Moment of truth for Newark school reform: Editorial

By Star-Ledger Editorial Board
on March 01, 2014

Donna Jackson, a community activists, offers gentle criticism of Superintendent Cami Anderson at a Newark School Advisory Board meeting.


The political meltdown in Newark over school reform has reached an alarming stage and now threatens to derail the entire effort.

Superintendent Cami Anderson last week announced she would boycott the local school board until its president restores some semblance of order at the raucous public meetings.

That won’t help, but it’s understandable. These meeting have degraded into pointless shouting matches. It is an outrage that board President Antoinette Baskerville-Richardson allows it to go on.

But the hard truth is that Anderson has been unable to build a local coalition to support her reforms. She is not gifted in the art of political persuasion, and the rapid pace of change has provoked the status quo.

Given state control of the district, Anderson has the authority to impose reforms on her own. But in the long run, her program is not sustainable without local support. A Democratic governor would almost surely return control to Newark, and the front-runner in the race for mayor, Councilman Ras Baraka, is hostile to Anderson’s reforms across the board.

Even Gov. Chris Christie may want to tap the brakes if the political heat continues to rise. Among those who have turned against Anderson is Sen. Teresa Ruiz (D-Essex), an ally of the governor’s on school reform and the chairwoman of the Senate Education Committee.

So it is crunch time. And the job of turning the political tide cannot be left to Anderson alone. It is time for civic and religious leaders to engage more actively, and to insist on a civil public discussion. If the school board can’t provide for that, then the discussion should move to the city’s churches and public auditoriums.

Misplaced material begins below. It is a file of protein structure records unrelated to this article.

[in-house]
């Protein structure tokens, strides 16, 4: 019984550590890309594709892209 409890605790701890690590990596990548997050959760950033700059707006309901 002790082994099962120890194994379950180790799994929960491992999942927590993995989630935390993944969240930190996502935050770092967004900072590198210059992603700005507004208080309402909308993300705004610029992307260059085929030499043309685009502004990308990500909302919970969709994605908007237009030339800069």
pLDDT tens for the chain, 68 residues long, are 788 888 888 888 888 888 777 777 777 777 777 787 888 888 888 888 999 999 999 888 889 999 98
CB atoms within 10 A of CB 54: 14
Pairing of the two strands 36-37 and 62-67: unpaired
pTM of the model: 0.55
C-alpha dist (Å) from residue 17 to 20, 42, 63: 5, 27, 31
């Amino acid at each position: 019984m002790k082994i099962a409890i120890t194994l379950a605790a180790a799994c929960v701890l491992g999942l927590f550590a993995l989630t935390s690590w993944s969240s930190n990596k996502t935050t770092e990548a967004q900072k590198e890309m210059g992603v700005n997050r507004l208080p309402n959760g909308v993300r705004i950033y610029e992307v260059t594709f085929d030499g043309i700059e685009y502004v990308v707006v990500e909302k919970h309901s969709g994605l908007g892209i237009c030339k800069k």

This moment is too important to allow a rowdy gaggle to derail the conversation.

* * *

To get an idea of what Anderson is up against, consider the pending teacher layoffs. She has to shrink her teaching staff by 30 percent over the next three years, thanks to the shrinking population of district schools.

State law provides that she cannot lay off any senior teachers, no matter how ineffective they are. She must fire the least senior teachers, even if they are gifted.

To anyone who believes children, not adults, should be the top priority in the schools, this is obscene. It would force Anderson to fire hundreds of good teachers who could have lasting impact on students.

Anderson is applying for a waiver. That is a legal stretch and will surely land in court. But the education commissioner may have the authority based on his regulatory discretion, or the powers granted to him under the state Supreme Court’s Abbott rulings.

Ask yourself this: Would Newark be better off if Anderson didn’t make such a fuss? The easy path would be to follow the rules, no matter how wrong-headed. She is instead facing the wrath of the union and its allies with a bold and sensible move.

Another example: Her policies toward charter schools have provoked enormous opposition, all undeserved. Some object to her renting space in district schools to charters, even though there is ample vacant space. But these students are Newark’s children, too, and Anderson rightly feels they are her charges. And charters get no money for capital costs.

She has also found an elegant answer to the chief criticism of charter schools — that they don’t take their fair share of children who are poor, can’t speak English or have special needs. Under the “One Newark” plan, all families will choose a school from a menu of options, charter and conventional. She will then match students to schools, with a thumb on the scale to ensure that charters take their share of tough cases.

So it is time for a gut-check in Newark. If Anderson is going to win this fight, she needs help. And if she loses, the city may not see vigorous reforms for many years to come.

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